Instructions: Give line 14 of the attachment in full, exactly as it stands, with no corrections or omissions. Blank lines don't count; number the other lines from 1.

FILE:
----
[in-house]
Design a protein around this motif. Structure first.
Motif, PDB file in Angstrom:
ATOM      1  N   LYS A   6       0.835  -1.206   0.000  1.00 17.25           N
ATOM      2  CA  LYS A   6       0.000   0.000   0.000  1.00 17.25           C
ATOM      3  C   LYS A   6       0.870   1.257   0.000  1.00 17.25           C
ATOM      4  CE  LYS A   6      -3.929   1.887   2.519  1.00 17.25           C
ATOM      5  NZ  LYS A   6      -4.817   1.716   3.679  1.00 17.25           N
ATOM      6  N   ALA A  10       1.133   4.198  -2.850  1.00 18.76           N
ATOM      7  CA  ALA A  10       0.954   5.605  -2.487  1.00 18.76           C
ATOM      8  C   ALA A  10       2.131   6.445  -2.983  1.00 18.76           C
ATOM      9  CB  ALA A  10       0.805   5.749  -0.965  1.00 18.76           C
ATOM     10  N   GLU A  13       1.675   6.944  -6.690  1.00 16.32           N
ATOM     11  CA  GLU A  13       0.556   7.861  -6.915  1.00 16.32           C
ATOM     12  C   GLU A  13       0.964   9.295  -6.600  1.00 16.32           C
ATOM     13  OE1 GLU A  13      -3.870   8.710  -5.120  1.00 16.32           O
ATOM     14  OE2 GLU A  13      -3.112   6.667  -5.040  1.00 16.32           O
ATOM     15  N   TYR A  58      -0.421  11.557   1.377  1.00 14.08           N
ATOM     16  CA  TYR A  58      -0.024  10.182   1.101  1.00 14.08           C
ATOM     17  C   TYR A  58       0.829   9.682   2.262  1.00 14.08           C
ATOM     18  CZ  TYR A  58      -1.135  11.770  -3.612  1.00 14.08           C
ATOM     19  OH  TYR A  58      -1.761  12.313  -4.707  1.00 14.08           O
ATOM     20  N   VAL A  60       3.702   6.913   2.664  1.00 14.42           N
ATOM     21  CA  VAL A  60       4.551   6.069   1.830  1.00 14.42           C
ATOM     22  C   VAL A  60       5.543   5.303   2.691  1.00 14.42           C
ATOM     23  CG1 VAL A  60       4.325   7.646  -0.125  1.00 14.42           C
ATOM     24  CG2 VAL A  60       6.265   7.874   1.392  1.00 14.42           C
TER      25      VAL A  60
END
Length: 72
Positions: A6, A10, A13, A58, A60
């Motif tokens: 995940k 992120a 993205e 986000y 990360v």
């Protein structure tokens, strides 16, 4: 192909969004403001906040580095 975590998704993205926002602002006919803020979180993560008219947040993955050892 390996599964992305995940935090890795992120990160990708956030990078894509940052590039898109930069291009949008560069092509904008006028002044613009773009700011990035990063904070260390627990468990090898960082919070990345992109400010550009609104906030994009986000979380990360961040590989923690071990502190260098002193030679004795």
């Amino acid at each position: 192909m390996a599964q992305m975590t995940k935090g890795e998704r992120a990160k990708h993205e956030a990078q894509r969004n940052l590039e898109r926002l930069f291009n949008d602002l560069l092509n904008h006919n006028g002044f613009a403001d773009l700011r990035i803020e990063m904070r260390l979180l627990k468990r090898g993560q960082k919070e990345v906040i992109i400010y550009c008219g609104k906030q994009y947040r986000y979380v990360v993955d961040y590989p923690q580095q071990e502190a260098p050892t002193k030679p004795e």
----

ATOM     11  CA  GLU A  13       0.556   7.861  -6.915  1.00 16.32           C